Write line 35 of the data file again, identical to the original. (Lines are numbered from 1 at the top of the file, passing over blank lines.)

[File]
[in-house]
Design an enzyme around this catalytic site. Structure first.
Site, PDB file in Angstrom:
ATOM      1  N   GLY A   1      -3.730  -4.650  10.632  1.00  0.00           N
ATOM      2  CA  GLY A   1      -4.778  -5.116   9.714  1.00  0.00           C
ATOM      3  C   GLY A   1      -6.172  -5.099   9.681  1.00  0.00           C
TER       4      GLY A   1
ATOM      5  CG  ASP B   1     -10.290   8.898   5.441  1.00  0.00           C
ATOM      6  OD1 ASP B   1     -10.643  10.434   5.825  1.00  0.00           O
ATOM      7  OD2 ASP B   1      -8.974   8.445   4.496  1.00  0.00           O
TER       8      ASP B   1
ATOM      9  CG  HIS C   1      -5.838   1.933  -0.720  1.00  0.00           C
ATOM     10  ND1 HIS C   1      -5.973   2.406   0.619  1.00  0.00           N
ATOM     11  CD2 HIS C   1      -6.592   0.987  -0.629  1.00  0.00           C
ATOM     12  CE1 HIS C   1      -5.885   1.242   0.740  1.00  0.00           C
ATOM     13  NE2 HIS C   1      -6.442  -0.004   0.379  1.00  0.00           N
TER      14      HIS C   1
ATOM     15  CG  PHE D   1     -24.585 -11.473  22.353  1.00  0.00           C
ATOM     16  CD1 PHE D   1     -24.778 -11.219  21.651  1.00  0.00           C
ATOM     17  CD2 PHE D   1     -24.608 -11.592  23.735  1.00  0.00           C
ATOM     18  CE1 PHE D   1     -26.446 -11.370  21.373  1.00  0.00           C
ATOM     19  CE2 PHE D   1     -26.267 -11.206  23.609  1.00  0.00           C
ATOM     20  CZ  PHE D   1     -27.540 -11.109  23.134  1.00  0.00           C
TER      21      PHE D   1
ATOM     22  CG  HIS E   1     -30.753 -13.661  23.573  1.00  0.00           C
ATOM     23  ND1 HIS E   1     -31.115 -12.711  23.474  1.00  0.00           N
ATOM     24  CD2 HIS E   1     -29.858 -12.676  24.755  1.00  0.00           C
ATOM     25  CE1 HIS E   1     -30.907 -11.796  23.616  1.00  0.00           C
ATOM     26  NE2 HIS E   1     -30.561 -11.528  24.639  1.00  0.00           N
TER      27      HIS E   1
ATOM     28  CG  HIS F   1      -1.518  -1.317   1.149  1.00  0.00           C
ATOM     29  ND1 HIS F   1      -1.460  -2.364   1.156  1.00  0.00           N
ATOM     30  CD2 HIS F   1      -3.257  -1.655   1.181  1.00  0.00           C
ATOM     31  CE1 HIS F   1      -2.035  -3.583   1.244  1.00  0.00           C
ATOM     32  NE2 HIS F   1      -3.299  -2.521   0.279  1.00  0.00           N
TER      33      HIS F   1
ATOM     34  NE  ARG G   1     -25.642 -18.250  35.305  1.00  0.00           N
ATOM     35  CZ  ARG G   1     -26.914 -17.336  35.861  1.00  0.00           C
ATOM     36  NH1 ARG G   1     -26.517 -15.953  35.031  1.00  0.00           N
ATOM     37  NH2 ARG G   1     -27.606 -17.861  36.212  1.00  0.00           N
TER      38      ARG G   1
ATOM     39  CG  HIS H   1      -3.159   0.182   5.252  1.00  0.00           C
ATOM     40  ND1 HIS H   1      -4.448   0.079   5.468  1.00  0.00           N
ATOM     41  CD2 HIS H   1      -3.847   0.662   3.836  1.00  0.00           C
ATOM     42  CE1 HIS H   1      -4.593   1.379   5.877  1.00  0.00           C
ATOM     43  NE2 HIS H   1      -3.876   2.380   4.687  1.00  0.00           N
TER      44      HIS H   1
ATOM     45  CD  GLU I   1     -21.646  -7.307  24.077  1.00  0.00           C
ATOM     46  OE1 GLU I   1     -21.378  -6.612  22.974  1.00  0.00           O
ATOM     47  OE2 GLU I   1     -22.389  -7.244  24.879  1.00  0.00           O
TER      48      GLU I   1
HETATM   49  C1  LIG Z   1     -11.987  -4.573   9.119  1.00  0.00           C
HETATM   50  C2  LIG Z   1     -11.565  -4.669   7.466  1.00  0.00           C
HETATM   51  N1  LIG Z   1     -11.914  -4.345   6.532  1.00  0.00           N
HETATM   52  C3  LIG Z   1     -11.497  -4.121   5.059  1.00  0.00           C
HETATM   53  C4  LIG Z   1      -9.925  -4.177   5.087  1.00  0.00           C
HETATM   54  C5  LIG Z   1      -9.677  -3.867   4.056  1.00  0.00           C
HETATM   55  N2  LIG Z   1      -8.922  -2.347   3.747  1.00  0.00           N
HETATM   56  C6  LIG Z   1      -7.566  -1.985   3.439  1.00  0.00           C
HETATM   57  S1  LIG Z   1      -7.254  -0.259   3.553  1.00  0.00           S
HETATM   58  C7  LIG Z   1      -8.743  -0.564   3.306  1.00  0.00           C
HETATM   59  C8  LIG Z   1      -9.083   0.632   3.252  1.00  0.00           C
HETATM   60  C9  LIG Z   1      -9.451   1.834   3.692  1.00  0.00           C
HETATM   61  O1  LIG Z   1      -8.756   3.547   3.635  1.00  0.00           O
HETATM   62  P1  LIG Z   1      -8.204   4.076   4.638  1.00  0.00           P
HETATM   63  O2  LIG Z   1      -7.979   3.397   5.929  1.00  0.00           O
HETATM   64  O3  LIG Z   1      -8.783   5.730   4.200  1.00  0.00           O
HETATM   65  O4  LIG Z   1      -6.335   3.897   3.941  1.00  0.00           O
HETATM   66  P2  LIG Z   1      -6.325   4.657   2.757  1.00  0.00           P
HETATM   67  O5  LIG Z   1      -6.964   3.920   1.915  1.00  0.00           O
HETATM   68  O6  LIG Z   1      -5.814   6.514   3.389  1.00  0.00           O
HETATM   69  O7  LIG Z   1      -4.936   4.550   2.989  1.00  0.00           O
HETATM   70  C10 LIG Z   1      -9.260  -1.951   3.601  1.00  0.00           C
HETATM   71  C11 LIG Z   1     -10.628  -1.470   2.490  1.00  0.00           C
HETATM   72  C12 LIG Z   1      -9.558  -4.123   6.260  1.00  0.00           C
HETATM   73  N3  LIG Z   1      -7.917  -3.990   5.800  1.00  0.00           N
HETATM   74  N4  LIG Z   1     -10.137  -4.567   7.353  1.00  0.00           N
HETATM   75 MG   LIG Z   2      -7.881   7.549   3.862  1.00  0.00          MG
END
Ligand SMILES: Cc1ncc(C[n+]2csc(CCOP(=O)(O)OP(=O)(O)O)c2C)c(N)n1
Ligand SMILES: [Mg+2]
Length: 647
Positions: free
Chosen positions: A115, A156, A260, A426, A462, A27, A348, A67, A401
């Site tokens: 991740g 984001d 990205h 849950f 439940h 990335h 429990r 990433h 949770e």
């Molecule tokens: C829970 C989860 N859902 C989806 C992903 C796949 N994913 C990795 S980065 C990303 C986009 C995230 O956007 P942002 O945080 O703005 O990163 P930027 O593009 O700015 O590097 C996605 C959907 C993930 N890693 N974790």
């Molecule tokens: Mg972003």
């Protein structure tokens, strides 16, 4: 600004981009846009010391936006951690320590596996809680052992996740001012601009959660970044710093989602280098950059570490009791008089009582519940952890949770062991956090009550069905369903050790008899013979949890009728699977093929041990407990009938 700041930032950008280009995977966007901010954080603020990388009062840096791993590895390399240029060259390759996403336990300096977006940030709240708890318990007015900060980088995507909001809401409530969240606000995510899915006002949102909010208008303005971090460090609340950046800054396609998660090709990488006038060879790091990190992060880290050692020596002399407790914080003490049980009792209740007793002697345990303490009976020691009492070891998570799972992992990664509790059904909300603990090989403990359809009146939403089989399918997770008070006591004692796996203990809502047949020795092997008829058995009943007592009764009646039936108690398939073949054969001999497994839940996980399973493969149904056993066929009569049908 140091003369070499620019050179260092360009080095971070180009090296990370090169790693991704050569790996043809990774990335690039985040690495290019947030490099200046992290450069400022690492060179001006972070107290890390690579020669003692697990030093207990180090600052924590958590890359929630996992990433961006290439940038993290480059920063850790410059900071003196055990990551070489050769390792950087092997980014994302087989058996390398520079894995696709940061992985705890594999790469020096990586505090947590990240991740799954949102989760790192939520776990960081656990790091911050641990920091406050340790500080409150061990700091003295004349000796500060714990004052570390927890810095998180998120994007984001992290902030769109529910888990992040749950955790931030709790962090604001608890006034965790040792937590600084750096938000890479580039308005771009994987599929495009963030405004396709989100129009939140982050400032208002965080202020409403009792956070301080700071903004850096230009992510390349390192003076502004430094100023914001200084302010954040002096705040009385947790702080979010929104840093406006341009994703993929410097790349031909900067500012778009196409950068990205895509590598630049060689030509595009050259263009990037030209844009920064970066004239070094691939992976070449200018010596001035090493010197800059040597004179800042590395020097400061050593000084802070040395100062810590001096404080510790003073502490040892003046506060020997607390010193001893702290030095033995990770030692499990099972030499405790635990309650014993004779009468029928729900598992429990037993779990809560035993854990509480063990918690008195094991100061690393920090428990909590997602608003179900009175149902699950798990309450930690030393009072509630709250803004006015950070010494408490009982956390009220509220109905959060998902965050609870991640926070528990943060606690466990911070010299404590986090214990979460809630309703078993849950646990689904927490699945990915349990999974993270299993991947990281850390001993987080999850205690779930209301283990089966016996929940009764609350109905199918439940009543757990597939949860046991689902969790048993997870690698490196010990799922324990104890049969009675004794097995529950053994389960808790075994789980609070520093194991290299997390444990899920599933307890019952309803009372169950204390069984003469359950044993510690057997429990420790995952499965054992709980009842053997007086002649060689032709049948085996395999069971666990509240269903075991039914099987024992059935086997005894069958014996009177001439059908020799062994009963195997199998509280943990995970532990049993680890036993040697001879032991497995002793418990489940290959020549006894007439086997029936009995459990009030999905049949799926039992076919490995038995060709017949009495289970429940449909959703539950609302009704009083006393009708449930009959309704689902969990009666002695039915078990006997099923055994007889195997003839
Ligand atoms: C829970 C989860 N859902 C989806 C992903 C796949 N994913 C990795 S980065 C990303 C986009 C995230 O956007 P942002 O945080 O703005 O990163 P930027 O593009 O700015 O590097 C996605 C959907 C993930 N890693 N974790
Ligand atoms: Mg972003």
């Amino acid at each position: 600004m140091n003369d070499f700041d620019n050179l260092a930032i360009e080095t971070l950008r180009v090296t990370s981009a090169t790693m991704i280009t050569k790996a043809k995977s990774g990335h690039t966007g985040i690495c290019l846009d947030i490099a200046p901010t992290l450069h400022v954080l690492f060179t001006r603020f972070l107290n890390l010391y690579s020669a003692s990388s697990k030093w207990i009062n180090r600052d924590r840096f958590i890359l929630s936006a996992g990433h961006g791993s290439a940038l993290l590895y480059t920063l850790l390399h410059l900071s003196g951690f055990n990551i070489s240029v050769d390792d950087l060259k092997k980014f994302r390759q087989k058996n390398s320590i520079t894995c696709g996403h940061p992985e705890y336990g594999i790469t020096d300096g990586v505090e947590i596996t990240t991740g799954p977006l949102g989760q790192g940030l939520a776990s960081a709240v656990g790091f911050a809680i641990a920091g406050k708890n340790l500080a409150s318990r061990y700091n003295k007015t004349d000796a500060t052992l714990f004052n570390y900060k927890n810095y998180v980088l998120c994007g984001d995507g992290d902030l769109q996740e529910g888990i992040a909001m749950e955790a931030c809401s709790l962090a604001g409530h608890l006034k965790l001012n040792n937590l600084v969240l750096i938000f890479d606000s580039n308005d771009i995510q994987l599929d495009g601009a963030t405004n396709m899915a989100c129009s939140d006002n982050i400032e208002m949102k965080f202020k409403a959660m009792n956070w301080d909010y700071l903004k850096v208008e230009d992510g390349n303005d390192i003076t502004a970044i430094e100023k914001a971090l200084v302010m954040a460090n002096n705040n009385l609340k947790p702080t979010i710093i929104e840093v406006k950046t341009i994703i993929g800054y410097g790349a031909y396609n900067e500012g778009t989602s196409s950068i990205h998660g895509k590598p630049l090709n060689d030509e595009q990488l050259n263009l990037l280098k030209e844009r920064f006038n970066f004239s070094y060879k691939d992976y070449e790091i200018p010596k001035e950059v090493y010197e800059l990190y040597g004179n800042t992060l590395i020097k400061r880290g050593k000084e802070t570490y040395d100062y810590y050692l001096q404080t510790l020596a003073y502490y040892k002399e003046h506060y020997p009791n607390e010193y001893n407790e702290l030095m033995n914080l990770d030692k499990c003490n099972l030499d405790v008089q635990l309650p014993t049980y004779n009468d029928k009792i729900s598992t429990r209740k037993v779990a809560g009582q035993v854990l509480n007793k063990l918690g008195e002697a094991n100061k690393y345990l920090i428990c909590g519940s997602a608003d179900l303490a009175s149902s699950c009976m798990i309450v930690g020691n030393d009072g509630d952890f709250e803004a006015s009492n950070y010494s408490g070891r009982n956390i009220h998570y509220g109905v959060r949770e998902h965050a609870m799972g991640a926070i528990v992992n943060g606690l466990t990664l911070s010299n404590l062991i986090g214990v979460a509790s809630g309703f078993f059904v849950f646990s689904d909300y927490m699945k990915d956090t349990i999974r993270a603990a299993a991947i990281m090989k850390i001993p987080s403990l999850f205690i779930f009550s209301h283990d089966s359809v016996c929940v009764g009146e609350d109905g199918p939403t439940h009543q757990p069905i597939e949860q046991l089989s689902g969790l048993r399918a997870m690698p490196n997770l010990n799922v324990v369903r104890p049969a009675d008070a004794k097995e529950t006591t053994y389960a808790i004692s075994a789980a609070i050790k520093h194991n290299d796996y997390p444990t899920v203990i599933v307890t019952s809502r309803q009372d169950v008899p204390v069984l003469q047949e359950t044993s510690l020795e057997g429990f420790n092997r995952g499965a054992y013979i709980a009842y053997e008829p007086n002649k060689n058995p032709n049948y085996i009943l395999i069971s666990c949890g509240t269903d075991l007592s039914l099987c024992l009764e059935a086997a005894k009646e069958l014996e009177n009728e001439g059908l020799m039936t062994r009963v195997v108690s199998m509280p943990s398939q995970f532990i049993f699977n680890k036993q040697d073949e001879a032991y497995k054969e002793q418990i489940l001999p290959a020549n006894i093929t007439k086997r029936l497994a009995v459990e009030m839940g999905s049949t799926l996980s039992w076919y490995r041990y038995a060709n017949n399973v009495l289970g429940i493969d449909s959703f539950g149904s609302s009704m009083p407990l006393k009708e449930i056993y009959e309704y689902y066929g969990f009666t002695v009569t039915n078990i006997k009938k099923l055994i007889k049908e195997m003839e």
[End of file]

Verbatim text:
ATOM     32  NE2 HIS F   1      -3.299  -2.521   0.279  1.00  0.00           N